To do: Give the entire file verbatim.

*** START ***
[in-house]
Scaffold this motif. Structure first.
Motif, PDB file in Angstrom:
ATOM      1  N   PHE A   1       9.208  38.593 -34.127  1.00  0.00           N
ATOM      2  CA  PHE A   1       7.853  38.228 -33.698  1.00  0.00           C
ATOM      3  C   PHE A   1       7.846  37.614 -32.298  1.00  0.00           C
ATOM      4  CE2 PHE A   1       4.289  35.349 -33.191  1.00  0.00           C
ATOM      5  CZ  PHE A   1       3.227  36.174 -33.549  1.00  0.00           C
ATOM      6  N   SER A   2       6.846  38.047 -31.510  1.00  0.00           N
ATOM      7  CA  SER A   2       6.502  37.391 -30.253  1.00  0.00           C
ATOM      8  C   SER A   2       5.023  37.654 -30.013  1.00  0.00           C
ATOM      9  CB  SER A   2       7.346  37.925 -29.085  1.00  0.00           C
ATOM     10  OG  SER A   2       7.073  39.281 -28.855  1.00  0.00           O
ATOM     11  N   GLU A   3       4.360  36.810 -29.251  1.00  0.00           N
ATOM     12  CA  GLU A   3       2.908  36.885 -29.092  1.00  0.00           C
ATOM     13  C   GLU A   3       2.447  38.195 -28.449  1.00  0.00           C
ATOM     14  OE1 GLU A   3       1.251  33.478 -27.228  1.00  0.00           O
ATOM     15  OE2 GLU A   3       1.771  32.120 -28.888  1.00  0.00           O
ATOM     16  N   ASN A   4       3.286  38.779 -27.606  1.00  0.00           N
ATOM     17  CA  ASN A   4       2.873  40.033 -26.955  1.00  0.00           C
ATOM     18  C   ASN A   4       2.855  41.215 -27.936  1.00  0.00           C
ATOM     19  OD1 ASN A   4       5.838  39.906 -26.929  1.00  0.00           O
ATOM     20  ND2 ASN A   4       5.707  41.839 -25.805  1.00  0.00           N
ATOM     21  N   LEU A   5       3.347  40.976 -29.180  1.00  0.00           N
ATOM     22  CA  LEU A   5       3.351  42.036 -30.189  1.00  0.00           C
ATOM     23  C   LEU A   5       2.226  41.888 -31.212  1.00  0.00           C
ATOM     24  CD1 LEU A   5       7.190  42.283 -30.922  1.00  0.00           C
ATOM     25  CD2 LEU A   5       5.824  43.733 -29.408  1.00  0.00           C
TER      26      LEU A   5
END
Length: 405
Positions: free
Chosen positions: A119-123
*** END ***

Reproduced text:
[in-house]
Scaffold this motif. Structure first.
Motif, PDB file in Angstrom:
ATOM      1  N   PHE A   1       9.208  38.593 -34.127  1.00  0.00           N
ATOM      2  CA  PHE A   1       7.853  38.228 -33.698  1.00  0.00           C
ATOM      3  C   PHE A   1       7.846  37.614 -32.298  1.00  0.00           C
ATOM      4  CE2 PHE A   1       4.289  35.349 -33.191  1.00  0.00           C
ATOM      5  CZ  PHE A   1       3.227  36.174 -33.549  1.00  0.00           C
ATOM      6  N   SER A   2       6.846  38.047 -31.510  1.00  0.00           N
ATOM      7  CA  SER A   2       6.502  37.391 -30.253  1.00  0.00           C
ATOM      8  C   SER A   2       5.023  37.654 -30.013  1.00  0.00           C
ATOM      9  CB  SER A   2       7.346  37.925 -29.085  1.00  0.00           C
ATOM     10  OG  SER A   2       7.073  39.281 -28.855  1.00  0.00           O
ATOM     11  N   GLU A   3       4.360  36.810 -29.251  1.00  0.00           N
ATOM     12  CA  GLU A   3       2.908  36.885 -29.092  1.00  0.00           C
ATOM     13  C   GLU A   3       2.447  38.195 -28.449  1.00  0.00           C
ATOM     14  OE1 GLU A   3       1.251  33.478 -27.228  1.00  0.00           O
ATOM     15  OE2 GLU A   3       1.771  32.120 -28.888  1.00  0.00           O
ATOM     16  N   ASN A   4       3.286  38.779 -27.606  1.00  0.00           N
ATOM     17  CA  ASN A   4       2.873  40.033 -26.955  1.00  0.00           C
ATOM     18  C   ASN A   4       2.855  41.215 -27.936  1.00  0.00           C
ATOM     19  OD1 ASN A   4       5.838  39.906 -26.929  1.00  0.00           O
ATOM     20  ND2 ASN A   4       5.707  41.839 -25.805  1.00  0.00           N
ATOM     21  N   LEU A   5       3.347  40.976 -29.180  1.00  0.00           N
ATOM     22  CA  LEU A   5       3.351  42.036 -30.189  1.00  0.00           C
ATOM     23  C   LEU A   5       2.226  41.888 -31.212  1.00  0.00           C
ATOM     24  CD1 LEU A   5       7.190  42.283 -30.922  1.00  0.00           C
ATOM     25  CD2 LEU A   5       5.824  43.733 -29.408  1.00  0.00           C
TER      26      LEU A   5
END
Length: 405
Positions: free
Chosen positions: A119-123